Reclaiming the Environmental Debate
The Politics of Health in a Toxic Culture
366 pp., 6 x 9 in,
- Published: May 12, 2000
- Published: May 12, 2000
Reflecting a diversity of voices and critical perspectives, the essays in this book range from critiques of traditional thinking and practices to strategies for shifting public consciousness to create healthy communities.
An expanding array of hazardous substances poses an increasing threat to public health. But what makes our society a toxic culture are the social arrangements that encourage and excuse the deterioration of human health and the environment. Elements of toxic culture include the unquestioned production of hazardous wastes, economic blight, substandard housing, chronic stress, exploitative working conditions, and dangerous technologies. Toxic culture is also a metaphor for the ways our language, concepts, and values frame debates, ignoring the political conflicts and power relations that influence public health. Reflecting a diversity of voices and critical perspectives, the essays in this book range from critiques of traditional thinking and practices to strategies for shifting public consciousness to create healthy communities. Rather than emphasize policy reform, medical advances, and individual behavior, the essays stress the causes of ill health associated with the production, use, and disposal of resources and, more important, inequality. The contributors include academics, political activists, and artists. Connecting the essays are a recognition of the political and cultural dynamics that influence public health and a commitment to organize against the powerful interests that perpetuate our toxic culture.
Robin Andersen, Mary Arquette, Marcy Darnovsky, Giovanna Di Chiro, John Bellamy Foster, Mindy Thompson Fullilove, Robert E. Fullilove, III, Al Gedicks, Richard Hofrichter, Joshua Karliner, Charles Levenstein, Timothy W. Luke, Rafael Mares, Branda Miller, Mary H. O'Brien, John O'Neal, Sheldon Rampton, William Shutkin, John Stauber, Sandra Steingraber, Alice Tarbell, John Wooding
Many people feel in the bones that America has become a toxic culture, self-destructive and dispirited. But few have any idea what to do about it. This wonderful volume—a little gem, really—is filled with startling perspectives, innovative thinking, and good ideas for fixing what's gone wrong.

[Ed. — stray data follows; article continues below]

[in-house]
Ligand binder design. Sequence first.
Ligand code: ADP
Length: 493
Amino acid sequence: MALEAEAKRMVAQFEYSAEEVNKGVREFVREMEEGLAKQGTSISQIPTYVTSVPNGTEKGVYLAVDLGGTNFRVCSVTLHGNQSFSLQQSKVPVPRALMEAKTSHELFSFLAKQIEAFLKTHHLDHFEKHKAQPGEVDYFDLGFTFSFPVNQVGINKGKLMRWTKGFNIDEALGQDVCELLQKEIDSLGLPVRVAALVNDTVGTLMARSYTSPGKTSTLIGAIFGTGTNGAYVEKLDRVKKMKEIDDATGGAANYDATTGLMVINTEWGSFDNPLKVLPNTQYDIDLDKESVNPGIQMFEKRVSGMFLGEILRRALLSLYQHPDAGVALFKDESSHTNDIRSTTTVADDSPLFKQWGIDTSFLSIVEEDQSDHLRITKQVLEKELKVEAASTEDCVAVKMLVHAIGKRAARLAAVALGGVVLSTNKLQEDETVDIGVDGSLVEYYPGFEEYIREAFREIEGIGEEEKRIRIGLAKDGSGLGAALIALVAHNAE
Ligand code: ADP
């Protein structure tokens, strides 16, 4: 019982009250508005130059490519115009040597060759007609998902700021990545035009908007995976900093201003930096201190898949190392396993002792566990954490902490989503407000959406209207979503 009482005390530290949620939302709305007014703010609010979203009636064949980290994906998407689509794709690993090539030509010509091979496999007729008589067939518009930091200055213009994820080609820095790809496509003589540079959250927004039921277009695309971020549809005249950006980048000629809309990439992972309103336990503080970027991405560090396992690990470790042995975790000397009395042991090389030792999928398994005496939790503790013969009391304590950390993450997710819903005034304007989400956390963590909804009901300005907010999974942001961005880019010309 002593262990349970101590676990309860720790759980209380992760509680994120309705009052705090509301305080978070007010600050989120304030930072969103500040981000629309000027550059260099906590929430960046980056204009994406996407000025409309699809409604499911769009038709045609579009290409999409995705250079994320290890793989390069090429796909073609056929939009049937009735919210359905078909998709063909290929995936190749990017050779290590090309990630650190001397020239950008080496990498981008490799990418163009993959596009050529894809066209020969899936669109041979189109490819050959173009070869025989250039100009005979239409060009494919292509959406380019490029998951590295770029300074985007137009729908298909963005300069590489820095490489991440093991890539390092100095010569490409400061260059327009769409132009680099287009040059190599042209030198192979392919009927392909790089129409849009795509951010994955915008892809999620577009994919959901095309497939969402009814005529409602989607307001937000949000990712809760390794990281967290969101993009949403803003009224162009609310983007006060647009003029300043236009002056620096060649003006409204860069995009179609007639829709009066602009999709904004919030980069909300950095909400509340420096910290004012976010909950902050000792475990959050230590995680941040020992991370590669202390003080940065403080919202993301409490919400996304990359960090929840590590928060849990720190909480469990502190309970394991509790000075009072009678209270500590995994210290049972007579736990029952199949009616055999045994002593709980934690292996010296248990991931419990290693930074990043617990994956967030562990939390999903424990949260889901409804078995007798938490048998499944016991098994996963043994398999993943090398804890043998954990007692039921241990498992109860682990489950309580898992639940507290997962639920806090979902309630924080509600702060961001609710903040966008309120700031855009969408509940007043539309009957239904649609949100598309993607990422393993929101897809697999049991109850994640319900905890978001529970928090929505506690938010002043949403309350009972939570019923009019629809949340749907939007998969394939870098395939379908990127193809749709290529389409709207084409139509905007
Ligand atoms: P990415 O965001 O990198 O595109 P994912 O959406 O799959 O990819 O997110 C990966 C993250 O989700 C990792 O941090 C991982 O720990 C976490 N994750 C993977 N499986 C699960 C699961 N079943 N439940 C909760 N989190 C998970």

Peter Montague, Editor, Rachel's Environment & Health Weekly
In this outstanding collection, Richard Hofrichter has pulled together leading figures to analyze the major challenges confronting the environmental movement in the new millennium. Addressing a wide variety of issues from globalization to the politics of risk assessment, the contributions propose powerful solutions and strategies for achieving a more just and sustainable future. A must read for activist, scholars, policymakers, students, and citizens alike!
Daniel Faber, Northeastern University, author of Environment Under Fire and editor of The Struggle for Ecological Democracy
Environmental books can be depressing if they overwhelm us with a catalog of irreversible loss, or show how powerless we are to stop the mighty, or offer as consolation an exercise in academic abstraction while the ice cap melts. Hofrichter has put together an anthology that is hopeful: Beyond the particular environmental problems it reveals the systemic malfunction in our relations with each other and with the rest of nature. It challenges the destroyers in all areas from urban development to agricultural technology. It unmasks the uses of risk assessment appeals not to finger point and points the finger where it is most appropriate. And it shows communities in resistance from inner cities to Native American reservations. It show us that theory matters, and how it can matter even more.
Richard Levins, John Rock Professor of Population Science, Harvard School of Public Health